Tuning into Talent
Young radio industry talent wants to feel seen, heard and understood, writes TIM ZUNCKEL. This means we must invest – and invest now – in their future.
There is a popular trend on social media that looks at where someone or something started and where it currently is using a photograph, #HowItStarted and #HowItsGoing. A quick browse on any of the platforms will show a myriad of people, projects and events in various stages.The juxtaposition of the two pictures often creates humorous moments by showing how something has slipped backwards and looks quite disastrous, but can also highlight monumental strides and progress in other instances.
As a business, radio knows how to celebrate. From music to events, iconic people and moments to everyday life, radio can amplify events and revel in the success of others. It is with this spirit that we recognise our own good work and take a moment to applaud ourselves at the annual South African Radio Awards.Those who’ve been nominated and ultimately win in each category will no doubt post a #HowItsGoing picture, and so they should; this is the one time in a year when we can celebrate ourselves. For every #HowItsGoing picture there is a #HowItStarted moment.
As an industry, do we create enough #HowItStarted opportunities? Do we invest time, energy and effort into finding aspiring talent, nurturing their skill, training their ability and mentoring their development? Being a product of campus radio and actively working in the training and development space, I think the answer is no, but the reasons are complex. The South African broadcasting business has developed substantially since the early ‘90s, when commercial and community radio was introduced as an independent layer in the radio landscape.
The three-tier system of public, commercial and community radio sectors has always had a ‘people need’ and the sectors have loosely navigated the movement of talent between stations. Although we often associate ‘talent’ with on-air staff, it must be said that the ‘people need’ in all the sectors is vast and varied from technical, to sales and marketing, to those who contribute to the content value chain including presenters, producers, journalists, audio engineers and creatives.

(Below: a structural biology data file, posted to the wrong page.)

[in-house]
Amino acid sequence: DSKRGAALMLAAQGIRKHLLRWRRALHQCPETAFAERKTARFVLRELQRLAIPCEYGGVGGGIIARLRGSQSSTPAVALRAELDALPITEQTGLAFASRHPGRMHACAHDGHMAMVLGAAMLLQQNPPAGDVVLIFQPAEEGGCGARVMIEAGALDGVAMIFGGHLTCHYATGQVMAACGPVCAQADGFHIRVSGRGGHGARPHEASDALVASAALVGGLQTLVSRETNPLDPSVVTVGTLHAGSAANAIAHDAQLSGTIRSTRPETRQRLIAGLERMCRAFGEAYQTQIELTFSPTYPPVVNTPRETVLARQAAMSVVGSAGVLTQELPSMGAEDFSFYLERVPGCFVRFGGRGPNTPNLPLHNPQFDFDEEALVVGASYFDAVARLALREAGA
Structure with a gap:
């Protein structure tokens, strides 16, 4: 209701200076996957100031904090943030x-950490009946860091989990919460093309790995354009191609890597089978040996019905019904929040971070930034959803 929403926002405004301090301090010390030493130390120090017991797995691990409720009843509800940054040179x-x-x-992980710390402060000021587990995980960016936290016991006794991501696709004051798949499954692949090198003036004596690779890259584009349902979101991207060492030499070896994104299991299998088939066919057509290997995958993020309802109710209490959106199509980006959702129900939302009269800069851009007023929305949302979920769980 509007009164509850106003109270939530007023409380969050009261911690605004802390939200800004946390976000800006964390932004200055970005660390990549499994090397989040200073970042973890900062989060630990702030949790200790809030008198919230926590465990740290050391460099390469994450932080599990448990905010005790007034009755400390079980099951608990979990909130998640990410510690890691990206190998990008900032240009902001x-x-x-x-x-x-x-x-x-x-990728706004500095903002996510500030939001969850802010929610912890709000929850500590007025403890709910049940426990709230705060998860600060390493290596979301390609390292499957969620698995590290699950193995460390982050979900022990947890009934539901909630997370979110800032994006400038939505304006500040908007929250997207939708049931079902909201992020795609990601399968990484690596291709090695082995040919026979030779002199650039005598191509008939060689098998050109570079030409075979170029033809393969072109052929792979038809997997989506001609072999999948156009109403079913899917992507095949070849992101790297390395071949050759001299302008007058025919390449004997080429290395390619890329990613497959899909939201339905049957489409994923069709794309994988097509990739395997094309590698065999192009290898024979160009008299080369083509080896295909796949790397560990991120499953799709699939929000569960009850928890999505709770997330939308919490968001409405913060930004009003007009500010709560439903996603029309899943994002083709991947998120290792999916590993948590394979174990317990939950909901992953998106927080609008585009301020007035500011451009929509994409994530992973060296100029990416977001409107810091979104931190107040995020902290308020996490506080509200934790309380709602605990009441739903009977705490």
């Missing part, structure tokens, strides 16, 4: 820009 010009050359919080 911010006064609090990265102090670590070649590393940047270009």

Perfect People Filter Community radio is the perfect people filter and is the sector that has undoubtedly contributed the most amount of talent to the broader industry.This is because it is collectively the biggest (by stations and people) and because of the relationships within the communities it is based. It is far easier for someone who thinks they have a calling to work in radio or who is drawn to the allure of the medium to pass by the local radio station and try and get involved than to knock on the door of a bigger broadcaster.
This results in high turnover of community radio volunteer staff as people are introduced to the medium and the rigours of working in a station.Those who are dedicated and passionate stick around and quickly learn several basic skills in the community radio environment. The Media Connection, for example, has an academy with the mission to develop skills across the community radio sector.The initial learning curve is steep and those with natural inclination move quickly in the community environment, often becoming an attractive proposition for bigger stations.